In this photo from Feb. 17, 2016, plants grow at the home of Jeremy Nickle, owner of Hawaiian Holy Smokes, in Honolulu, Hawaii. Medical marijuana dispensaries can now legally open in Hawaii, but not one is ready to do so. (Marina Riker, The Associated Press)

Hawaii hangup: Lack of labs delays medical pot shops

Hawaii was among the first states to legalize medical marijuana more than 15 years ago, but dispensaries were only legalized last year

HONOLULU — Hawaii medical marijuana dispensaries can now legally open, but not one is ready to do so.

The state Department of Health said none of the state’s eight dispensaries was approved to open by July 15, the first day they were allowed by law.

One big hurdle is the state hasn’t certified a lab to test the dispensaries’ products.

“On the dispensary front, they’re all doing their best to open their doors with as diverse a product line to serve all of the many needs of the patients and all the qualifying conditions that are out there,” said Chris Garth, executive director of the Hawaii Dispensary Alliance. “Until those products can be tested in a clinical capacity, no dispensary will be able to open their doors, no matter how perfect their product is.”

The state hasn’t yet received any applications from interested laboratories, said Janice Okubo, spokeswoman for the Department of Health.

Spectra Analytical Lab is working on an application, but the lab needs to be certified as meeting international standards, said Michael Covington, lead chemist.

“It’s a big deal for a lab to get that certification, and that’s why nobody’s applied yet,” Covington said.

If approved, the lab aims to open by December, and would test products for potency and traces of substances like heavy metals and fungus, he said.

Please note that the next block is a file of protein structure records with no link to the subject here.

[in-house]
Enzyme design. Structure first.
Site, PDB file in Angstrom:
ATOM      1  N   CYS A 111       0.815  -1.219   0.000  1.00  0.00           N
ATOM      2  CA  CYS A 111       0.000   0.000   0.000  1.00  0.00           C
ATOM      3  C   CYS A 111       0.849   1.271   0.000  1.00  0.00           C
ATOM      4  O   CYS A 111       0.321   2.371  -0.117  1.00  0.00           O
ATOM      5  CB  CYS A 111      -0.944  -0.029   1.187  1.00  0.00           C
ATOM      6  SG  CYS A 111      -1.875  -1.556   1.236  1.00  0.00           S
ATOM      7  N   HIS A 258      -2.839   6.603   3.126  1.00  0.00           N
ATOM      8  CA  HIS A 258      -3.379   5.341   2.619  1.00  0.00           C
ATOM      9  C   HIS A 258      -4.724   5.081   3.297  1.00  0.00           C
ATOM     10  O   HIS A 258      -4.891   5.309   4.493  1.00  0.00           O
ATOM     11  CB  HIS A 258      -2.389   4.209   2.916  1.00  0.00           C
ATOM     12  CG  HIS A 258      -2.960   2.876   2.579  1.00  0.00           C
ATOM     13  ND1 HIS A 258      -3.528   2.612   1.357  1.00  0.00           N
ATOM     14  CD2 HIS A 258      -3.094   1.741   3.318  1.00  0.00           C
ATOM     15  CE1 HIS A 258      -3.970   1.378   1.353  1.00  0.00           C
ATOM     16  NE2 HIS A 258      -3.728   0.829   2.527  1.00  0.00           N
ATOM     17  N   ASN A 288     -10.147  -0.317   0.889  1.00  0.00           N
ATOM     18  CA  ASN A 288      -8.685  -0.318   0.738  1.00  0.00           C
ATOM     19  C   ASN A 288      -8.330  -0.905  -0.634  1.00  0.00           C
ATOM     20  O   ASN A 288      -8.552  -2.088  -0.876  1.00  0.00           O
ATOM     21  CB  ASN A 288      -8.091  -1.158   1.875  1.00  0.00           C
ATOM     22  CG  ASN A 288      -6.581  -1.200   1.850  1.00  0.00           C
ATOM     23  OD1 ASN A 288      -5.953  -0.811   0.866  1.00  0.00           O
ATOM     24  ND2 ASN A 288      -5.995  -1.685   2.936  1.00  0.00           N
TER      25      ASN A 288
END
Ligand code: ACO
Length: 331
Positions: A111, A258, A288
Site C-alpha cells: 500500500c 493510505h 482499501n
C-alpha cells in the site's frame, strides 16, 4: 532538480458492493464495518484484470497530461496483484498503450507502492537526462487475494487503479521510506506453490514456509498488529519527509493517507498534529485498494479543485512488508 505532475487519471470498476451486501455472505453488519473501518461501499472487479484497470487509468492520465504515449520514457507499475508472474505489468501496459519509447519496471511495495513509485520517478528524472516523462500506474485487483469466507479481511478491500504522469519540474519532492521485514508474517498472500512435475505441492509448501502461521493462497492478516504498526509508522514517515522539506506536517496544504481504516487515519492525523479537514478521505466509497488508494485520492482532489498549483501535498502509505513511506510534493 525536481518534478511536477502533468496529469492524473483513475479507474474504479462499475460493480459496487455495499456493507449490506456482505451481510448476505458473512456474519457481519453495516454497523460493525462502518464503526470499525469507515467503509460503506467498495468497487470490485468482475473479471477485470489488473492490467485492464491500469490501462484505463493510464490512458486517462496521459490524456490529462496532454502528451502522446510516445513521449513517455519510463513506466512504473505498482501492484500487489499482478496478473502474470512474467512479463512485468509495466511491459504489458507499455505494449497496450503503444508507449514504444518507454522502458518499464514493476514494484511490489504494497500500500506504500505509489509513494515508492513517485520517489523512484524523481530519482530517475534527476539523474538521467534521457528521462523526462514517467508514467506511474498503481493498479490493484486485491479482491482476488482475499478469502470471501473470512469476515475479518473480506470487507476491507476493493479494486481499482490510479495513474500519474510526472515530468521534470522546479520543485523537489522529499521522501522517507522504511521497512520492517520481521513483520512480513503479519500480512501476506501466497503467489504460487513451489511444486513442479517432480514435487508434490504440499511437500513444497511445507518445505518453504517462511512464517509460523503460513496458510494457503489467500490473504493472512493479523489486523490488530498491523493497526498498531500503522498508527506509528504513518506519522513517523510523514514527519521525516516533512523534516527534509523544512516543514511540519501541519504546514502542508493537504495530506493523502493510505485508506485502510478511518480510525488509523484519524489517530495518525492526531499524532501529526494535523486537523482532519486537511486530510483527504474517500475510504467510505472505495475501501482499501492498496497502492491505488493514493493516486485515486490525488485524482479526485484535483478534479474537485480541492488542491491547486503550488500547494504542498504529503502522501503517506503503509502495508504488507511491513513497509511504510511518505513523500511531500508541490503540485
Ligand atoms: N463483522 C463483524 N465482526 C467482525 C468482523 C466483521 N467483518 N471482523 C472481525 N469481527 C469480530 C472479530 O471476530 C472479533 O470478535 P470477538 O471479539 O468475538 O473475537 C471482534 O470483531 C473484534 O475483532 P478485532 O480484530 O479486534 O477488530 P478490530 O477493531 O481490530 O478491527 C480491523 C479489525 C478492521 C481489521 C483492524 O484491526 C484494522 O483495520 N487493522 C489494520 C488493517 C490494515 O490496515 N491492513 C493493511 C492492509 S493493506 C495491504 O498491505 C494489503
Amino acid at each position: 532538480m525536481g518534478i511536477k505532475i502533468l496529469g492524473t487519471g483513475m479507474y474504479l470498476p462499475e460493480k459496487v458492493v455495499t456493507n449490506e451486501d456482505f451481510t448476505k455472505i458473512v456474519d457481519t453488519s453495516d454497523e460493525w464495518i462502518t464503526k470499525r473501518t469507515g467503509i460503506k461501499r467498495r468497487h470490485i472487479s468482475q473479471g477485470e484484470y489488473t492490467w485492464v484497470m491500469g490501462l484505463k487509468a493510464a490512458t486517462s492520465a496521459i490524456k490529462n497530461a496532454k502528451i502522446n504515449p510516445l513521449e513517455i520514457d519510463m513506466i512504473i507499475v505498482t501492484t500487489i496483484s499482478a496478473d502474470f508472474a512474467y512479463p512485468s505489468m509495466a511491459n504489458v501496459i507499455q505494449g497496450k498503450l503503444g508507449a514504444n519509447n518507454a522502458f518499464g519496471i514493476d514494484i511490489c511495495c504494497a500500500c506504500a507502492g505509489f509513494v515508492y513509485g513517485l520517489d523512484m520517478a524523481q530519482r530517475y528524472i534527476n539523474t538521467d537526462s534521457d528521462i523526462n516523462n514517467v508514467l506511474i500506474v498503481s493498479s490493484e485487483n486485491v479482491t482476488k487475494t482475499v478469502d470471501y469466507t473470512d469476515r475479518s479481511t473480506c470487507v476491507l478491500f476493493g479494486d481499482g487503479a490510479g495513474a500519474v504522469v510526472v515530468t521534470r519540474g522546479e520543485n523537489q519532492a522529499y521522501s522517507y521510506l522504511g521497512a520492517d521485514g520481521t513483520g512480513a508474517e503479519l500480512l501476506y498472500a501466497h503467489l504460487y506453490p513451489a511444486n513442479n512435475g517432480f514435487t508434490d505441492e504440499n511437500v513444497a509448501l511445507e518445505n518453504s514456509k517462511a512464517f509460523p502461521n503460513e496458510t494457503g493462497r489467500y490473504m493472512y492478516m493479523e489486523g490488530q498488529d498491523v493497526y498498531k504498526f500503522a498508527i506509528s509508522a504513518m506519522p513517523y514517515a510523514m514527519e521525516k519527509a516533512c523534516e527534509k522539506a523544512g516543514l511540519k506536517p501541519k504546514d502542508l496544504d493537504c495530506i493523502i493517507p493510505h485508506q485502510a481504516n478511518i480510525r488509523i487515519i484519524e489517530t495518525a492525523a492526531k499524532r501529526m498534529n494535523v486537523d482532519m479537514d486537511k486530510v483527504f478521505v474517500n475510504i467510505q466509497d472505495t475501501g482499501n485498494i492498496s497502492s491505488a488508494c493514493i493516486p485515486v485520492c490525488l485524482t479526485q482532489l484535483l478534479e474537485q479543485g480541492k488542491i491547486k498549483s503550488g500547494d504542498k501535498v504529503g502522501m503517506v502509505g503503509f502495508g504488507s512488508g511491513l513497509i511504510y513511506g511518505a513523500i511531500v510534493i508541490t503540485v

Hawaii was among the first states to legalize medical marijuana more than 15 years ago, but dispensaries were only legalized last year. The state’s estimated 13,000 patients approved for the drug were generally left to buy it on the black market or grow it on their own.

There’s a long list of steps before dispensaries can open. They have to set up an indoor crop growing facility, get building permits and get a certificate from narcotics enforcement. Some dispensary executives say they hope to open by the end of 2016.

On Maui, dispensary licensee Pono Life Sciences has selected potential sites and is waiting for approval from the Department of Health, said Dean Okimoto, chief agronomist.

“I’m glad we’re going slowly and cautiously because we want to be doing this the right way, and making sure that the people of Hawaii are protected in all of this,” Okimoto said.

Green Aloha, a dispensary on Kauai, hopes to begin growing plants soon, said CEO Justin Britt in an emailed statement. The company has obtained permits for its building and is working on a large electrical upgrade, but it’s premature to project an opening date, he said.

Hawaii announced licensees selected to open the state’s first medical marijuana dispensaries in April. Actor Woody Harrelson and video game entrepreneur Henk Rogers, famous for his work on “Tetris,” were among dozens who applied but were not selected.